The monthly First Friday Art Crawl in Peterborough offers the public a chance to see artists at work in their studios, visit shows at downtown galleries and support local art-positive businesses.
But on September 6, the art crawl will offer another type of experience: the chance to receive overdose training and pick up free naloxone kits from Peterborough Public Health workers. The trainings and kits will be available in the studio of artist Alex Bierk, who is an addict in recovery.
“I think it’s important to engage people who aren’t [yet] fully involved with this issue,” Bierk says. “The people who are affected by this—who have lost loved ones, or who have an addict in the family—they fully understand the depth and weight of the problem.” But he hopes that “the people who are a little bit removed from the issue” can be engaged in a different way during the art crawl.
“I want to keep the conversation alive and keep pushing for change and pushing for action,” Bierk explains. “A lot of the time we know people who have overdosed, and the response politically seems to be really slow, or not at all.”
Peterborough’s rate of opioid poisoning is four times higher than that of Toronto, the local medical officer of health said this summer. That makes it the third per capita in Ontario, behind Brantford and St. Catharines. Smaller cities are particularly hard hit by the crisis.
“The current system is so broken,” says Bierk. “I believe we need: One, a safe consumption site and access to a safe supply. Two: a local medical detox…. Three: sober living and safe housing, for the time in between detox and treatment, for example.”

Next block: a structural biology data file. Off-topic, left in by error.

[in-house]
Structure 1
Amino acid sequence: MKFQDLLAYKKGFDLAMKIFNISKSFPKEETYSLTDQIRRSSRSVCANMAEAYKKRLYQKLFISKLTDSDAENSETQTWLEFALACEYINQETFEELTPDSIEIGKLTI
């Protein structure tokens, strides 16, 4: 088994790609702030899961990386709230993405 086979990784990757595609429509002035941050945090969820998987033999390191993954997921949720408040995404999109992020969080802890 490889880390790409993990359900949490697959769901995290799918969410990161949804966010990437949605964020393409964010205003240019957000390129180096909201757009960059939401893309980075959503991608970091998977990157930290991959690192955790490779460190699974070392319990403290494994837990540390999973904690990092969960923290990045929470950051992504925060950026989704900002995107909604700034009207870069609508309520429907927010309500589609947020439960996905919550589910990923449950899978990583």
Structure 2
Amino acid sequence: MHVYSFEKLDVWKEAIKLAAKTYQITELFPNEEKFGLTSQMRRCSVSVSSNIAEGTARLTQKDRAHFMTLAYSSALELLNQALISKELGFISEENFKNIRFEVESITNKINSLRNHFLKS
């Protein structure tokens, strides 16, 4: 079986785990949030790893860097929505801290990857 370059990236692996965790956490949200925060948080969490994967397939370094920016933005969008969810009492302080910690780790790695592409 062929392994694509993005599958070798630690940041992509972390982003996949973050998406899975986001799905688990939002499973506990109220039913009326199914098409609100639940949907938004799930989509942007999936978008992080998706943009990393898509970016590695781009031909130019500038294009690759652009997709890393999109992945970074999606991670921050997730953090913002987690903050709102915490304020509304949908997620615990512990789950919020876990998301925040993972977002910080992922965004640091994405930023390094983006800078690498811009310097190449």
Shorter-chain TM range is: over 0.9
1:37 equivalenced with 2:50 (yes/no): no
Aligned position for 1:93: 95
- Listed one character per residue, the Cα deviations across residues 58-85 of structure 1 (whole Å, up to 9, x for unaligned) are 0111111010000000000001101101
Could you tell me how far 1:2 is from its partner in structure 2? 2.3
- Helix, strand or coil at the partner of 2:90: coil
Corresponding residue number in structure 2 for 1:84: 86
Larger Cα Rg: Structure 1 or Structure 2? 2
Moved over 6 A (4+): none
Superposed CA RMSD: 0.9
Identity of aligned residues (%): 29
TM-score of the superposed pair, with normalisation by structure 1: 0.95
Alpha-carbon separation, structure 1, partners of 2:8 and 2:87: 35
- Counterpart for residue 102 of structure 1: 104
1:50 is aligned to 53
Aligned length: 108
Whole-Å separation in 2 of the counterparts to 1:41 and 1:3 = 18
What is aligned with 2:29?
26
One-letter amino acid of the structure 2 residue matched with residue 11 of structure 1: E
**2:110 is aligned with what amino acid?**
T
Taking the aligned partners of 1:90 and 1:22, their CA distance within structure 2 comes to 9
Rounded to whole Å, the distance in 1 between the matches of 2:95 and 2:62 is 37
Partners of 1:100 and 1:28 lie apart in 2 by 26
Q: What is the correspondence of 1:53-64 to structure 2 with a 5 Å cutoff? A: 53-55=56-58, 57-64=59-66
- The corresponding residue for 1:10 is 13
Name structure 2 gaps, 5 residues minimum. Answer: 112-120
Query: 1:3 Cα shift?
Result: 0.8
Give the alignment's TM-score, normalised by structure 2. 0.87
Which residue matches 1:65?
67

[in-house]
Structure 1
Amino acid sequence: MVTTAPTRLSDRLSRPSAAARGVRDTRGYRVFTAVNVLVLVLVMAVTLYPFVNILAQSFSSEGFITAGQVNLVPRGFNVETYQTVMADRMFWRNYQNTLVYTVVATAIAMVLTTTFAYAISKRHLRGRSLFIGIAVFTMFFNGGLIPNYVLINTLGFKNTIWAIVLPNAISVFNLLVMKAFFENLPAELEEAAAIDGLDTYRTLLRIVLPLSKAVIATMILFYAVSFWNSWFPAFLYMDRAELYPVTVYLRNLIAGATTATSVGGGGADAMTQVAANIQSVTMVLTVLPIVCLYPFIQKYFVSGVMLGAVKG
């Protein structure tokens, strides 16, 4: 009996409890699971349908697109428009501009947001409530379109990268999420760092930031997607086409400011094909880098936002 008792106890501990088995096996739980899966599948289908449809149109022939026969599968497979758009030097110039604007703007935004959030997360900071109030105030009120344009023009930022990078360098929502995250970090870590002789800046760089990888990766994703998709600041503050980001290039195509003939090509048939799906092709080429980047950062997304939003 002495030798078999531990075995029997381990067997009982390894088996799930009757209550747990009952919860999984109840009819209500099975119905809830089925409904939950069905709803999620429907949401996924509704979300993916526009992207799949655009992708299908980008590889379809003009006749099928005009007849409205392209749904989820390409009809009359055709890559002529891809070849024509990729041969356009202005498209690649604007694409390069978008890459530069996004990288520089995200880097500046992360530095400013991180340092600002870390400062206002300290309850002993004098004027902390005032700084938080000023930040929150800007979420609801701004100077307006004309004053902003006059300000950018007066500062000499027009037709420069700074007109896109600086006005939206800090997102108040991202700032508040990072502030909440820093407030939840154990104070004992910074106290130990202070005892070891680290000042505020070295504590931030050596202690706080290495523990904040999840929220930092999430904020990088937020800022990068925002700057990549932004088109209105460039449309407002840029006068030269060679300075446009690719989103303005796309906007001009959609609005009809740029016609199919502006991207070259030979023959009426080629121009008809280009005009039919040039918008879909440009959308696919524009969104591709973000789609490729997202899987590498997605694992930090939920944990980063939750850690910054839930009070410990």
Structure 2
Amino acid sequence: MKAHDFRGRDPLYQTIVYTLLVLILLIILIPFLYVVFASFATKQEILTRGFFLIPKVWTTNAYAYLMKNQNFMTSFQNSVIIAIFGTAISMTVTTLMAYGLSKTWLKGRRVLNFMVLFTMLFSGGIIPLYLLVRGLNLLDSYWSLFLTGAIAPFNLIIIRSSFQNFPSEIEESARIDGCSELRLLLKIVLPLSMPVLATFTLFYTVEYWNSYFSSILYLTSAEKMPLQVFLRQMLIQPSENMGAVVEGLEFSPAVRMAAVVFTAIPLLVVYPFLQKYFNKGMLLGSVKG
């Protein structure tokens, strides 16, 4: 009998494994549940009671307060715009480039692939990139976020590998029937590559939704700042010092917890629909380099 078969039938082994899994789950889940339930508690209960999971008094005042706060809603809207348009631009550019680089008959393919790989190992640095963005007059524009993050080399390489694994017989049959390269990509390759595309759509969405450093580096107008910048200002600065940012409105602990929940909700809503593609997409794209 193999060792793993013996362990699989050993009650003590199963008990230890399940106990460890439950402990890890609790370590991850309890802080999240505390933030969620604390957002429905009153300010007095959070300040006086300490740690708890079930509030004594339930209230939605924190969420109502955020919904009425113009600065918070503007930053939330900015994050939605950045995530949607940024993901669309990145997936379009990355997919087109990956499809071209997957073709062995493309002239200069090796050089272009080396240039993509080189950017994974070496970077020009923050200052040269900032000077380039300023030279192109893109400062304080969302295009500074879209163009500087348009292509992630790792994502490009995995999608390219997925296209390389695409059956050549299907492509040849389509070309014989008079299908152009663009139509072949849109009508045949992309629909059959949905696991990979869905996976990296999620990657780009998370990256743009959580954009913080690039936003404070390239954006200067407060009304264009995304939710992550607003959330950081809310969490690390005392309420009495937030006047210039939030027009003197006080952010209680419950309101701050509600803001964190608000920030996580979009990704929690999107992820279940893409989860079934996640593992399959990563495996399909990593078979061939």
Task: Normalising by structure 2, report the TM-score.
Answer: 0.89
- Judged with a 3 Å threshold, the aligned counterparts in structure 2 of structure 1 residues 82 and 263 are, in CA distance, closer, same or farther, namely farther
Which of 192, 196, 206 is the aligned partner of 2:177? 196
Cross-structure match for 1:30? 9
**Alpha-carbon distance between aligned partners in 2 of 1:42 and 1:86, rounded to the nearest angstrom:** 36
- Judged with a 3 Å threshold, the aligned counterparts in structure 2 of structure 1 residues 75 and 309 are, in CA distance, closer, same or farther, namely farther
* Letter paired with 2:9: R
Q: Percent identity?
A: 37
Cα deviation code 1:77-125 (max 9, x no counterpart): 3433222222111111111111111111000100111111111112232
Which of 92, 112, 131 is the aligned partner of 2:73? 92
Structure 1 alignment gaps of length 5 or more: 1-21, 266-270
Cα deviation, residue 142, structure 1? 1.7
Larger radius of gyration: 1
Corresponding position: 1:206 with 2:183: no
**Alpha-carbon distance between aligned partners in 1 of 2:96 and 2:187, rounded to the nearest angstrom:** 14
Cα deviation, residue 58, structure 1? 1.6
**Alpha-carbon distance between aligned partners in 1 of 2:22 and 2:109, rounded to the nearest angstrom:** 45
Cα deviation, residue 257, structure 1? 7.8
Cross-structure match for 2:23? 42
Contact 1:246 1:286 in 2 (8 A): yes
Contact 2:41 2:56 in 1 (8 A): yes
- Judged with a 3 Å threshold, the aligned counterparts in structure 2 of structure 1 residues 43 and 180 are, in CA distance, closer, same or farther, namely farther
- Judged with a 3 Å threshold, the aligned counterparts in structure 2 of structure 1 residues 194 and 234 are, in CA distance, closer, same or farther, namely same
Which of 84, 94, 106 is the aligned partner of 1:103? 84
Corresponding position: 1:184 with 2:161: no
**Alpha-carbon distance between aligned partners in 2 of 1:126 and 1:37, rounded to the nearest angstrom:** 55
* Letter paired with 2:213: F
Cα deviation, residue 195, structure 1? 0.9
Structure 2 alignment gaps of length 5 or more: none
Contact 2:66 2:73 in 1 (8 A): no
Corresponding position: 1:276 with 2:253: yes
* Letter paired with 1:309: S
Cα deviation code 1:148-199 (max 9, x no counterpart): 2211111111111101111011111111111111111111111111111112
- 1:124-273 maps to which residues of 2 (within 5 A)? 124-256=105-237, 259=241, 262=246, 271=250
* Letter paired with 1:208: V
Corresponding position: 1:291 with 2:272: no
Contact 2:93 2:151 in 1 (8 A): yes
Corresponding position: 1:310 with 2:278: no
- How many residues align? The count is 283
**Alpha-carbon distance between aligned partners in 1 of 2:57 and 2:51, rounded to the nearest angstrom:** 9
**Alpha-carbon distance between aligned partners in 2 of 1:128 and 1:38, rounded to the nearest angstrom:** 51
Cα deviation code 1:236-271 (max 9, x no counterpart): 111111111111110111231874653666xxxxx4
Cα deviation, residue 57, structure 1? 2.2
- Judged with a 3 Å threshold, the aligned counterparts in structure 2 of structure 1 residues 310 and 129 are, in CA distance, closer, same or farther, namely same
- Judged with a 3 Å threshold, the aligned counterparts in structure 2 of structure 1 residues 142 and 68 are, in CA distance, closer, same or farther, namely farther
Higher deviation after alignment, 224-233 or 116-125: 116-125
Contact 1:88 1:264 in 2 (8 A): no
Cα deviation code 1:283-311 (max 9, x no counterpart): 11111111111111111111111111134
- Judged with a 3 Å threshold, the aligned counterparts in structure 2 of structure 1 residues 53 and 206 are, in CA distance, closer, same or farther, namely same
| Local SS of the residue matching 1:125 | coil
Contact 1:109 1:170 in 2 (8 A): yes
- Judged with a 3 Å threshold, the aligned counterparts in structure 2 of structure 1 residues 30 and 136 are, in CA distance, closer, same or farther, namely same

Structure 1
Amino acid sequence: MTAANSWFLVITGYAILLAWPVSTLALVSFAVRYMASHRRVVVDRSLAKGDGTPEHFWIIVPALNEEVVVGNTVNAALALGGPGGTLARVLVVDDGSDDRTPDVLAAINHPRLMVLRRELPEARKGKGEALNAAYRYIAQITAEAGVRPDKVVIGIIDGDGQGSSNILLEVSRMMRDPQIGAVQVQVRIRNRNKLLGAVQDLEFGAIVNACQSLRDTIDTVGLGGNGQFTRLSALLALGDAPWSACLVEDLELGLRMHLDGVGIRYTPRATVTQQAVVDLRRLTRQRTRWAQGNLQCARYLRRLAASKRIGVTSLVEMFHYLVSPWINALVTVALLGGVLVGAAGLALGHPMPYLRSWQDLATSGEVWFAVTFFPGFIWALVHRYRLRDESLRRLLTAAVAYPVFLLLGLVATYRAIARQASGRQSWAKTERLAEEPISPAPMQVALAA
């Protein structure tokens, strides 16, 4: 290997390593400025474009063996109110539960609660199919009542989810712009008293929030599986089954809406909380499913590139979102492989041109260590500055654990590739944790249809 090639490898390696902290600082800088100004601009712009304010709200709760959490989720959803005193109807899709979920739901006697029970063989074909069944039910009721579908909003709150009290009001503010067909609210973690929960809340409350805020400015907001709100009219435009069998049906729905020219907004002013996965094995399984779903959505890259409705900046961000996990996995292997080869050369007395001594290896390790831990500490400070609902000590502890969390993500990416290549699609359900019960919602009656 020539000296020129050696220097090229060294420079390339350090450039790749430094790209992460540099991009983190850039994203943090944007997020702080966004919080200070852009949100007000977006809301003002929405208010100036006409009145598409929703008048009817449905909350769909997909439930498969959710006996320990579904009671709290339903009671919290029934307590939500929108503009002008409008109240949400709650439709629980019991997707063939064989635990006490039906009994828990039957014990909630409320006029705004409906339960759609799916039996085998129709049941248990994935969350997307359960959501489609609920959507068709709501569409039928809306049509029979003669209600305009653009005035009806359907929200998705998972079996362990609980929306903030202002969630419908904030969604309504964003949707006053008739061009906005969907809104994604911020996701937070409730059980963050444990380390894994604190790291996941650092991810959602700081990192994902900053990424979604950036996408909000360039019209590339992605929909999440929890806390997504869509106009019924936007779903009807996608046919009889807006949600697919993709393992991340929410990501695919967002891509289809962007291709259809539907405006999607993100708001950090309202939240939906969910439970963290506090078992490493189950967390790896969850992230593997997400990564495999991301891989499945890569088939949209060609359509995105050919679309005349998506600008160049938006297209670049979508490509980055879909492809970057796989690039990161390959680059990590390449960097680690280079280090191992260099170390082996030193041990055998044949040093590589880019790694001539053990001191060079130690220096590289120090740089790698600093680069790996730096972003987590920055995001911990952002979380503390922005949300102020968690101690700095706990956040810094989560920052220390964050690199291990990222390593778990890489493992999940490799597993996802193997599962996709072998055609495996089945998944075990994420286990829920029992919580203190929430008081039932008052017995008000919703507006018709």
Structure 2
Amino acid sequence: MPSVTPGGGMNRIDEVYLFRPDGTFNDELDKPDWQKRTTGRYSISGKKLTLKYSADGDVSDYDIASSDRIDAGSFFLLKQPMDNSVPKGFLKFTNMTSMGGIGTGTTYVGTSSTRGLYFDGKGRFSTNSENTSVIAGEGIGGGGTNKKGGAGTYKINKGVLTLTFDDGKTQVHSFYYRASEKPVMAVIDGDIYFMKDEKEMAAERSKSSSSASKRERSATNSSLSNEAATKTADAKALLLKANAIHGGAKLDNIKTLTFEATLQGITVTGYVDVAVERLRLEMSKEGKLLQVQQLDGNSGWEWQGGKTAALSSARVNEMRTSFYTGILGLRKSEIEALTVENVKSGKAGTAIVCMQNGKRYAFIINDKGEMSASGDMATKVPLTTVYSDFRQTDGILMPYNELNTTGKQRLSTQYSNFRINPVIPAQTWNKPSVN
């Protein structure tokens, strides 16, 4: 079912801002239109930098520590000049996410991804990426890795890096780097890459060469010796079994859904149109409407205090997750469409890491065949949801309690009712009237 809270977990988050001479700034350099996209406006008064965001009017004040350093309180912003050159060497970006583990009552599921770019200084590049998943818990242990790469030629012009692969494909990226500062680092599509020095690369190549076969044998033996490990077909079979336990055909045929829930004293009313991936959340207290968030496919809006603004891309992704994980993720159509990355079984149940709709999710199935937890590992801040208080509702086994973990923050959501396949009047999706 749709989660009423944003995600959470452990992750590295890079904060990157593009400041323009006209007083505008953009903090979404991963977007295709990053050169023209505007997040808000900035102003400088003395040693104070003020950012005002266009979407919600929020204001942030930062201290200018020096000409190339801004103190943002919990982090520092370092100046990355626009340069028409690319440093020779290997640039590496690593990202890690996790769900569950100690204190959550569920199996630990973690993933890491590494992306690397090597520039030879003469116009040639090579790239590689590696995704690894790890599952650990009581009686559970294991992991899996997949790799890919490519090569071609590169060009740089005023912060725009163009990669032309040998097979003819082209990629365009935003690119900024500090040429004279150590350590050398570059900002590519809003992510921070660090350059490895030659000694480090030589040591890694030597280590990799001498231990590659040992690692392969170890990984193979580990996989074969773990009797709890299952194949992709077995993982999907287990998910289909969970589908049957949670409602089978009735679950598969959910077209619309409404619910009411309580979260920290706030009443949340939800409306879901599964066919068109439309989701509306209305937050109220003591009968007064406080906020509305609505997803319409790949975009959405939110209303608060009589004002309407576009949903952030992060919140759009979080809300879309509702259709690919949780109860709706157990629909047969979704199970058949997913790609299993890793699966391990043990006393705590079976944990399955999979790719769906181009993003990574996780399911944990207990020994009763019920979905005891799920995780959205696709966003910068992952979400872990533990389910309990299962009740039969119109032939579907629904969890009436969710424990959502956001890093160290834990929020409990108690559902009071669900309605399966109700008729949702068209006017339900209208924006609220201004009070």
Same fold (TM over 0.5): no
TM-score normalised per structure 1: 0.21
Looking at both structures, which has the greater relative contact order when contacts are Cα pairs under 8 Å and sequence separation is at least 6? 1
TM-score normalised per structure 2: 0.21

And what Bierk is doing is integrating his formerly private work around addiction and activism into his more public studio and art practice. On October 15, Bierk will also be part of “Art and Addiction: A Professional Development Workshop,” organized with the Electric City Culture Council. This roundtable discussion on addictions and the arts community will include perspectives from artists as well as frontline workers, followed by naloxone kit training. The artist has also recently joined a related, in-development project at the Comox Valley Art Gallery in Courtenay, British Columbia—a city also deeply affected by the opioid crisis.
“There’s this romantic idea in the arts” about addiction, Bierk says, and it needs to be acknowledged. “We are in a culture that romanticizes this.”
In his studio, Bierk will also be selling T-shirts that read “Lost a Friend to an Overdose,” with proceeds going to a local harm-reduction organization.
As to the billions of dollars in settlements for opioid deaths discussed this week by Purdue Pharma in the US, and an American judge’s ruling that Johnson & Johnson pay millions as compensation for same, Bierk sees hope afoot.
“The opioid crisis is a critical social issue that is not often depicted visually,” Bierk says. “In doing so, I hope to shed light on a local emergency, that speaks to a broader social problem, in a personal way.”